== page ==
By Bonnie Dykoff
Special to the Dispatch
This story was written with the blessing of a family member.
This is the story of Patrick. Patrick was a VietNam vet. He was a sniper. Patrick came home from war, but let’s just say he never “came back” from the war.
What he witnessed, had to do and had to endure put a heavy burden on his soul. Patrick abused alcohol and drugs to mask his pain. Patrick had few friends and was alienated from most of his family. Patrick died of cancer all alone in his home at a fairly young age.
A short time after his death, his house went into foreclosure. I was asked to sell this home for the bank. This is where I stepped into Patrick’s life and he told me his story without even speaking a word. I never met him when he was alive, but I got to know him very well inside his home. The first time I went into the house it was if time stood still. Everything was as he had left it the day he was removed from his home. It was littered with alcohol bottles and cans, drug paraphernalia, it was messy, dishes were not done, things were not cleaned. It was in a state of extreme disrepair. His home gave me such an overwhelming feeling of sadness and loneliness that I actually sat down and cried. My job was to inventory, photograph and document this man’s belongings and put a value on it and the home.
At first the task was easy as there was little of “value” there. Or at least what most people consider to be valuable; cars, computers, TV’s, furniture. Patrick lived a simple life. When I went into his bedroom things began to become clear to me. This is where I started to piece together his life. In this room I found his purple heart, his folded flag, his many letters, memorabilia and things he saved from his time in the war. There were family photos, momentos, letters and other items that were important to him. Nobody had come to claim any of it.
When I went into the basement, I was met with two rooms full of willow branches. If you are not familiar with diamond willow, it is a willow tree that has been attacked by a fungus and causes a canker where the branch once lived. This can cause beautiful diamond growth on the inside once you peel the bark away.
Patrick had spent his time alone collecting, peeling, stripping and carving diamond willow canes and walking sticks. Here were hundreds of pieces in varying sizes, shapes and condition. Each one had been touched by Patrick’s hands. Some were very ornate and had beads, symbols and carvings in them. Some were just simple walking sticks. All these pieces spoke to me.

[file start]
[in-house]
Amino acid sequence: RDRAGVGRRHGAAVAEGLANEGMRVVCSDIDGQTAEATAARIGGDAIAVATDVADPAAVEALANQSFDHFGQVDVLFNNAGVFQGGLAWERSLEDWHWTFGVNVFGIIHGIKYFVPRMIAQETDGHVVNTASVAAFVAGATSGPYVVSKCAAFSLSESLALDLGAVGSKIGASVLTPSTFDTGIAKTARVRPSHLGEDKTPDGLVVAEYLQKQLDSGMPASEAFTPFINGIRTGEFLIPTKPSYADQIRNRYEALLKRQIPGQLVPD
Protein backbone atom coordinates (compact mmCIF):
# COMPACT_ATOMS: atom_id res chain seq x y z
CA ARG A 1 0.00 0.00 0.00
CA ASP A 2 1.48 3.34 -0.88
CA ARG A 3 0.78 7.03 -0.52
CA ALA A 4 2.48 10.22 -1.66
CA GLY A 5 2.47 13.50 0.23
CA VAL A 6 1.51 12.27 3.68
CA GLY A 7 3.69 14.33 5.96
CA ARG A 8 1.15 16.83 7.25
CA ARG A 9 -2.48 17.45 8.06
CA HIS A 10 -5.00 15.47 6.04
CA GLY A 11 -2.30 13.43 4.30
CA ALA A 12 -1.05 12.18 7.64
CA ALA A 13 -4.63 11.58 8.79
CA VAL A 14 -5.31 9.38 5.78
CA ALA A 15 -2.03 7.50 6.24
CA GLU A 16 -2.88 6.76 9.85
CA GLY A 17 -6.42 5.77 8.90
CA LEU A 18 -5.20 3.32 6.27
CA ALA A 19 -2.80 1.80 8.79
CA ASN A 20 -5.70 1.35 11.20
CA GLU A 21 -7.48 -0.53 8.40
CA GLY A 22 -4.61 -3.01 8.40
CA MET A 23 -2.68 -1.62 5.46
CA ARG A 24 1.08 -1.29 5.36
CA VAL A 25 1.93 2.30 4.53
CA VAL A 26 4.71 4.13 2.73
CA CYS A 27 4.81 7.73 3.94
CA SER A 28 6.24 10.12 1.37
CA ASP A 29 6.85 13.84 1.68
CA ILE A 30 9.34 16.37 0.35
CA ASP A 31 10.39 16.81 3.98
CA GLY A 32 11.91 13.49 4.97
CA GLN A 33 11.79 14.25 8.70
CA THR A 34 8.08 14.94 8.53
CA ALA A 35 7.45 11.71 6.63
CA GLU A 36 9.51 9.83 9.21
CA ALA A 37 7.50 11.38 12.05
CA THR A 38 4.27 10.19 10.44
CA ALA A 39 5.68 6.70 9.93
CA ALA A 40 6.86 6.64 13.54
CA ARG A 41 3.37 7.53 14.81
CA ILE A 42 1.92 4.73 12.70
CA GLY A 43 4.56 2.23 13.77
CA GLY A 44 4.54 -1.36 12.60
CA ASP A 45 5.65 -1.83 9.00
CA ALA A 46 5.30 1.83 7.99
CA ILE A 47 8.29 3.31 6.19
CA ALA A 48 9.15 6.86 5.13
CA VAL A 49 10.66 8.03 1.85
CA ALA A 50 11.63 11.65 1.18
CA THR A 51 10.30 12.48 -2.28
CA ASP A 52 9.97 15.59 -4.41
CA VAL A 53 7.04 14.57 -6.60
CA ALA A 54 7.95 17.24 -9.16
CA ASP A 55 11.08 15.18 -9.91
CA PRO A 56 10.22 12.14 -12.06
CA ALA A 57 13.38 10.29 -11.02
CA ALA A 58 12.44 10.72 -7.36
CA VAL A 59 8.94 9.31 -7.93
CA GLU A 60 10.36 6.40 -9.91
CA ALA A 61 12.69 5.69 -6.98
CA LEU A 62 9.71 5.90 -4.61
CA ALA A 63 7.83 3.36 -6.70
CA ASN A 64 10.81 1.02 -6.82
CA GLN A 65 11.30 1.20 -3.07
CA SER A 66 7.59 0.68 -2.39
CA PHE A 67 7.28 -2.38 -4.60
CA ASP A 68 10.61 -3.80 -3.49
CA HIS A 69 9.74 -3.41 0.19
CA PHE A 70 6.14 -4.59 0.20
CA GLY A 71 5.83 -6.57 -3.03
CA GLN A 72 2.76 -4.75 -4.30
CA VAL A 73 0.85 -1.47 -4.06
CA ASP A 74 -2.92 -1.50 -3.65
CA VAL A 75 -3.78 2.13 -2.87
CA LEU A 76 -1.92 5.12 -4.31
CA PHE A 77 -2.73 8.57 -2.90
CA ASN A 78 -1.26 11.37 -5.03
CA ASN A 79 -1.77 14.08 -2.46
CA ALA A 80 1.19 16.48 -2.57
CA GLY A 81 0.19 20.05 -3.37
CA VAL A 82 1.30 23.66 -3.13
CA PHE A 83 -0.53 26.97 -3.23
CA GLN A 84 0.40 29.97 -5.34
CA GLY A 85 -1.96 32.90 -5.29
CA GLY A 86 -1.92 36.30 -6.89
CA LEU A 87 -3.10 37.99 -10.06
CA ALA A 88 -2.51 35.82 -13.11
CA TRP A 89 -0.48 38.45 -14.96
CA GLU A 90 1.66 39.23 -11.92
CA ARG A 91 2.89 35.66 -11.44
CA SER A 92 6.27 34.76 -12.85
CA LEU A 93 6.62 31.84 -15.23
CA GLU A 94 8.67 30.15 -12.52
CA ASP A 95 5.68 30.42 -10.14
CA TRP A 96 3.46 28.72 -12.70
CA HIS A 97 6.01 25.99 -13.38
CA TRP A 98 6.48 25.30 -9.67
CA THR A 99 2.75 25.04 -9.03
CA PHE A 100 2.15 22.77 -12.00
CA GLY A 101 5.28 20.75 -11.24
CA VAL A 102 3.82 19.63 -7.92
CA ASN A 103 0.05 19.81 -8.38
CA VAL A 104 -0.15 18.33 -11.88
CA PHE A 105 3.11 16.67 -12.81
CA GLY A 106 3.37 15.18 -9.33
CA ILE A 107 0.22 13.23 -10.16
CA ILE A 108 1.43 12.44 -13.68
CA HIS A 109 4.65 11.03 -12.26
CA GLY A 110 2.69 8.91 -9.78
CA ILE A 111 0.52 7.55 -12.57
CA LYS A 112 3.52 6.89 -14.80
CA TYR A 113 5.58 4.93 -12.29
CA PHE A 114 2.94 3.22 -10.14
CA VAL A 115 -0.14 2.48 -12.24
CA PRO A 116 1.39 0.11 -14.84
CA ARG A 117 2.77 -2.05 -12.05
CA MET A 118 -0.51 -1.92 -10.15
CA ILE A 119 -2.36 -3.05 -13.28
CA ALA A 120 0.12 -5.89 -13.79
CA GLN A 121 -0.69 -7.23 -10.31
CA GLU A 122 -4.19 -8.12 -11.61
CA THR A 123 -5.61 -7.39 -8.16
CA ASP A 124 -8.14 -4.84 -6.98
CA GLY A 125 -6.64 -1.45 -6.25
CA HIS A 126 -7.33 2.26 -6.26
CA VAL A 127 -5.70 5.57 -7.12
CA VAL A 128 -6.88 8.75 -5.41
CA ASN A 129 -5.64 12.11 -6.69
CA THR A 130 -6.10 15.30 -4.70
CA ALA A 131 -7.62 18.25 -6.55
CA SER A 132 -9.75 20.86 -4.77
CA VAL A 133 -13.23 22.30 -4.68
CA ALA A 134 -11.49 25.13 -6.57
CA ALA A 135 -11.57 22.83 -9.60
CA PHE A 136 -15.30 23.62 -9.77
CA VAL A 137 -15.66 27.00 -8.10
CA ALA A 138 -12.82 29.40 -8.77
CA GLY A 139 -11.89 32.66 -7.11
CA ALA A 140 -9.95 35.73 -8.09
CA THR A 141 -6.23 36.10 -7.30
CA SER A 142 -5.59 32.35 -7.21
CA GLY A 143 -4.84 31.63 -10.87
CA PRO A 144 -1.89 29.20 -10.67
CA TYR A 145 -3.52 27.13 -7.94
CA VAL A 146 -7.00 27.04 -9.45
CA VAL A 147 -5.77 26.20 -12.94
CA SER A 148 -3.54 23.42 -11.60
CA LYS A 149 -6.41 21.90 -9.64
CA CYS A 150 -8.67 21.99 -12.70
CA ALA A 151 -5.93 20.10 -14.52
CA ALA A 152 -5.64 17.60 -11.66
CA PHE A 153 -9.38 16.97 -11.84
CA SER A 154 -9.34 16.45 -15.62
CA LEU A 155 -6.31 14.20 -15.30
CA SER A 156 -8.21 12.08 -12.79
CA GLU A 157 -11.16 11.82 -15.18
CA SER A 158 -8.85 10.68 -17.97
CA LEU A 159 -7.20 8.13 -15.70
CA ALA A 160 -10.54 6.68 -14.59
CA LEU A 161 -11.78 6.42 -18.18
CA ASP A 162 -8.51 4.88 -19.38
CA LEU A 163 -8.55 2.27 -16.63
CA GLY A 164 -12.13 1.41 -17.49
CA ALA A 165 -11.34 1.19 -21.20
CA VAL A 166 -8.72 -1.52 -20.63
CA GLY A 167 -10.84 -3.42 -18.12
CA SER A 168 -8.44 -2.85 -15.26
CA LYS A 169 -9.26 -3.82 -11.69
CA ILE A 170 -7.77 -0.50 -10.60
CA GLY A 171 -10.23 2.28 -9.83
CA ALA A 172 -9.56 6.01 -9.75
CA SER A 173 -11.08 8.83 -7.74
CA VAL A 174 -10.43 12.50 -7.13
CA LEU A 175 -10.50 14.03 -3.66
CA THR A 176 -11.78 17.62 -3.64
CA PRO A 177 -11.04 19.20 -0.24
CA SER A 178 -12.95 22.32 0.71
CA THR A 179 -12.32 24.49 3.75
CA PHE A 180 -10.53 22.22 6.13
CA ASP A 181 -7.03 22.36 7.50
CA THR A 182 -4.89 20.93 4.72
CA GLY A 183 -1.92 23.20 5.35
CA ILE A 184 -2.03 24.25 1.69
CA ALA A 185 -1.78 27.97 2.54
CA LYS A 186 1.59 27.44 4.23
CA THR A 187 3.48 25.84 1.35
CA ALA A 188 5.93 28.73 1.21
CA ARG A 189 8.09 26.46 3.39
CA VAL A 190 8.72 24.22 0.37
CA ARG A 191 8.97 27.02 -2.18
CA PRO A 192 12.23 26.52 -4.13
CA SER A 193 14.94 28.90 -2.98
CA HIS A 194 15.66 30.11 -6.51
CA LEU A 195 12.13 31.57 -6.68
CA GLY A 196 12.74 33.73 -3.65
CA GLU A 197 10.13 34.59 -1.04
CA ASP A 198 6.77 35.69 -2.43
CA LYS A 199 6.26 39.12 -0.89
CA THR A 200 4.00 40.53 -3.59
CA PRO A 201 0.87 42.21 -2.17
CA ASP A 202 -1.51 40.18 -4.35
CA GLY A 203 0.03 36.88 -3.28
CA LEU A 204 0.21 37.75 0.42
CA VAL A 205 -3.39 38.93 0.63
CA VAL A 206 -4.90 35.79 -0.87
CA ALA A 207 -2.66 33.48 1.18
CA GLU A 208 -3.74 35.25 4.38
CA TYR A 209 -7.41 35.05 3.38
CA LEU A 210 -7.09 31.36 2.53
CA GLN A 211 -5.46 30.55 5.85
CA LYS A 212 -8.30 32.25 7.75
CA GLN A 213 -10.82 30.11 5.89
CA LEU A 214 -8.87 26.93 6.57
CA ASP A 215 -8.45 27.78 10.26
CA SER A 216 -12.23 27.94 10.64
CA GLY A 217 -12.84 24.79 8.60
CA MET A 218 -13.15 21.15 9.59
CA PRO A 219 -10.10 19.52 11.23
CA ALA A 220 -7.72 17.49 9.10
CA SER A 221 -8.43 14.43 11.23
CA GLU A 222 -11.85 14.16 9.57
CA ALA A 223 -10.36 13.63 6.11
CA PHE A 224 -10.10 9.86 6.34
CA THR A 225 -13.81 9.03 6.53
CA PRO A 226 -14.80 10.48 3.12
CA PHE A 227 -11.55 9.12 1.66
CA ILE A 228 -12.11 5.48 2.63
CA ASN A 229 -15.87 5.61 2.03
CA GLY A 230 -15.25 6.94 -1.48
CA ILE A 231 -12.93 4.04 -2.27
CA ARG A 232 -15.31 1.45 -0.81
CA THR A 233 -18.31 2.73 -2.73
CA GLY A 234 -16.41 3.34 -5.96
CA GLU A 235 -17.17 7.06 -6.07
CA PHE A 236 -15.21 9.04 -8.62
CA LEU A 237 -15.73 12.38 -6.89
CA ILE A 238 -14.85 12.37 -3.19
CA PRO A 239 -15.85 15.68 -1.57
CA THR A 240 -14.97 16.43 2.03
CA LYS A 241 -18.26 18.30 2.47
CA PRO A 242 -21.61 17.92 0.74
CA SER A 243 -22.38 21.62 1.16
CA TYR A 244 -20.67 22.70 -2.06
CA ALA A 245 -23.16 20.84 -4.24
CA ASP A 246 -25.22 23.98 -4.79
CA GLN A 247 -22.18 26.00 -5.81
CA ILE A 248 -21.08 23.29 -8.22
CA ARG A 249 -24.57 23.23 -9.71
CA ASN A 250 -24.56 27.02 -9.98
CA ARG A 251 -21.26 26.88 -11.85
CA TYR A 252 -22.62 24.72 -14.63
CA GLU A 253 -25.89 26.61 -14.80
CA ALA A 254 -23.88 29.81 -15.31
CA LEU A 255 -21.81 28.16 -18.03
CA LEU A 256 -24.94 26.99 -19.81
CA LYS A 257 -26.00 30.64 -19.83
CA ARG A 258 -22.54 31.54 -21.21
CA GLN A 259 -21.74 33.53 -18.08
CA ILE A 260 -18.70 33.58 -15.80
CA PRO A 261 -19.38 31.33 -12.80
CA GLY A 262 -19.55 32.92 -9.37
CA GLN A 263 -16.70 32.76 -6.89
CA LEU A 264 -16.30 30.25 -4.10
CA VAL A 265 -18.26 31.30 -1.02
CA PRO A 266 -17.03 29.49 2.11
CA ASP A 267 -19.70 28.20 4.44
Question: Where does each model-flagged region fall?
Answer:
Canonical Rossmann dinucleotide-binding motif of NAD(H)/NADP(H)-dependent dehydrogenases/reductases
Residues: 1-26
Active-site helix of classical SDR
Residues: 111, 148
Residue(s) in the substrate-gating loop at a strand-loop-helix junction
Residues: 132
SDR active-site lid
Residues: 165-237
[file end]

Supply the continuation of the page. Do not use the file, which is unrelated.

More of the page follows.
I was told to throw away all of this willow as it had no value. I was just to dispose of it and clean up the house. I couldn’t bring myself to do that. Too much time had been spent on all of these pieces to just throw it aside. Instead I packed up all that willow and I took it to my garage where it sat for a long time.
It dawned on me one day that Patrick was a lot like these diamond willow sticks that he lovingly worked on. Probably calloused, rough on the outside with internal bumps and bruises caused by the “fungus” called war. Peeling away his layers, I have no doubt that this man had a kind heart, patience, artistry, and saw beauty in things that others look past. He was beautiful underneath in spite of how he looked or lived on the outside. I can’t help but think Patrick wished someone would see this in him and recognize his worth.
I knew Patrick needed a legacy. He needed something to leave behind to show he lived and his life mattered. Since then I have been telling his story, giving one of his walking sticks to Veterans and those who have served in some capacity. I share his story in hopes it resonates with people who may have also felt like Patrick sometime in their life. So they can look at and feel the wood and see the beautiful diamond patterns that trauma has caused.
If you are a vet or know a vet, please stop by Centennial Realty to get a walking stick made by Patrick. Share his story, understand him, get to know him, and when you take a walk with it, maybe you can quietly have a conversation with him and tell him you see it. You see he was beautiful on the inside too.